The first few weeks were a little iffy, but now Benito and Bruno are buddies.

Perhaps the most interesting thing about having a puppy out here is you don’t take him to the vet unless you have to.  You give him his wormer meds and vaccinations yourself!  I have two doses of wormer just chilling in my fridge right now.  (In fact, typing this reminded me that today is wormer day so I took a break and gave Bruno his meds.)  You can buy the 5 way booster vaccine at the feed store for approximately $8 and inject it yourself.  This is still crazy to me.  I don’t remember the feed stores in Vegas selling dog vaccines. (Yes, there are feed stores in Vegas, and yes, we visited them.)  You do have to take your dog in for the rabies vaccine because it can only be administered by a veterinarian, but there’s no taking the puppy in for a check up.  You only take the puppy in if he’s sick, or if you discover he has round worm.  I’m not even going to explain that one to you.  It’s just too gross.


Now that’s a pretty palomino!


Jo is not a new addition, but I thought I’d give you a little update.  I have learned a lot about horses in the last four months, but I wasn’t prepared for how long it would take for Jolene and I to feel like a cohesive team when I’m in the saddle.  I guess I had this silly notion that all I would need to know is the basics of riding and everything else would be a breeze.  Well, that’s not entirely true, the rider/horse relationship is much deeper than simply giving and following commands.  You have to build trust and learn to read and understand each other, and that process takes time.  We don’t get to ride nearly as often as I’d like because I can’t just saddle her up and head out if Chad is at work and nobody is here to watch the kids, but our rides are getting better and we are learning how to work as a team.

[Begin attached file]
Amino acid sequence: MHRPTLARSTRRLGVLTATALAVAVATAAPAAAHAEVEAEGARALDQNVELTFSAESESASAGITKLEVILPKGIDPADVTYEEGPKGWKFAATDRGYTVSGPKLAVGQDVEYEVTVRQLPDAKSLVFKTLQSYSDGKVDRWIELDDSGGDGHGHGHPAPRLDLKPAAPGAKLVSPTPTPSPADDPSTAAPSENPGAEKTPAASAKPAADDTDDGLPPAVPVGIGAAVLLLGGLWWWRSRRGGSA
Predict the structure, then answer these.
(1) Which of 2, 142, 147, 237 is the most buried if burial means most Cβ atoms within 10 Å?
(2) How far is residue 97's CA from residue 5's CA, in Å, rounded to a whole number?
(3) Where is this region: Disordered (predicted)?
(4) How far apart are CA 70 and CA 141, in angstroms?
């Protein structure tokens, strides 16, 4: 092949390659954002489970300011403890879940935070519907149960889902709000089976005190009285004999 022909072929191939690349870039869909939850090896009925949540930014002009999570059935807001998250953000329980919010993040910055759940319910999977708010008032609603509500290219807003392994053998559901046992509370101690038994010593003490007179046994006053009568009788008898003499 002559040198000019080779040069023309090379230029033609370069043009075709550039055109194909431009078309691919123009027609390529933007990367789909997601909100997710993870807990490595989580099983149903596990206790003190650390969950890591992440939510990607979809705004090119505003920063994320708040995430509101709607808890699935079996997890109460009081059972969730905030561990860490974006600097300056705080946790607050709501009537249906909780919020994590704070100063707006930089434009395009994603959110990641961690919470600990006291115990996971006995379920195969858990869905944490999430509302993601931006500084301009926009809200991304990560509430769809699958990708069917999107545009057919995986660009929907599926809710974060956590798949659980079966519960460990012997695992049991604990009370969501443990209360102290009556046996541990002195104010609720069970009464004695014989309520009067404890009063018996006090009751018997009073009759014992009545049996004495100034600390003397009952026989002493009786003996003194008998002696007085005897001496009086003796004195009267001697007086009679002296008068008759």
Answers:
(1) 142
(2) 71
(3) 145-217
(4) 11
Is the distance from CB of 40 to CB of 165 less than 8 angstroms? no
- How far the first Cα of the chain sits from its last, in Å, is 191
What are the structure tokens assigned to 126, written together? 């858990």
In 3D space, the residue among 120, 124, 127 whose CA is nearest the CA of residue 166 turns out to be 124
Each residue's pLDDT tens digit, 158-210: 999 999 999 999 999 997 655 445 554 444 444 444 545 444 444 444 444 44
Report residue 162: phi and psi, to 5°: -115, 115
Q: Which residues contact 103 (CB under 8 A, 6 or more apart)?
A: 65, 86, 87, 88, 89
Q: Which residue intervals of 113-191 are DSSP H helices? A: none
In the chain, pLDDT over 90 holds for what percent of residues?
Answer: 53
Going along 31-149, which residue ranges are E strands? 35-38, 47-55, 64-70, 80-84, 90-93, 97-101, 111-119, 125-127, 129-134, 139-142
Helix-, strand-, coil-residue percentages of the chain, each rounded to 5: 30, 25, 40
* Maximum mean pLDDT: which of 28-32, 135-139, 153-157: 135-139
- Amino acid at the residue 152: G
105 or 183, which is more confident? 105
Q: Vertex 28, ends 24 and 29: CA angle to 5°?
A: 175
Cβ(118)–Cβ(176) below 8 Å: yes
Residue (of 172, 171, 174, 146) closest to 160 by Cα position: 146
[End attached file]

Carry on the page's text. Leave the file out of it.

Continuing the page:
Last month, we were out on a really nice ride around our property and I was very pleased with how Jolene and I were communicating, when she suddenly decided to change directions without being asked.  It didn’t take me long to realize that we were trotting right into the path of a rattlesnake!  And Jolene handled it so calmly, she just snorted and turned to the right to lead us out of harm’s way.  I, on the other hand, completely freaked out.  Haha!  I’m sure there were some swear words involved, but then I realized that my horse is amazing and reacted better than I could’ve expected.  So I immediately began praising her and we headed back to the house because I was too freaked out continue riding after our snake encounter.  I know, I’m a wuss, but those things are scary.  Needless to say, Jolene earned quite a few cookies that day!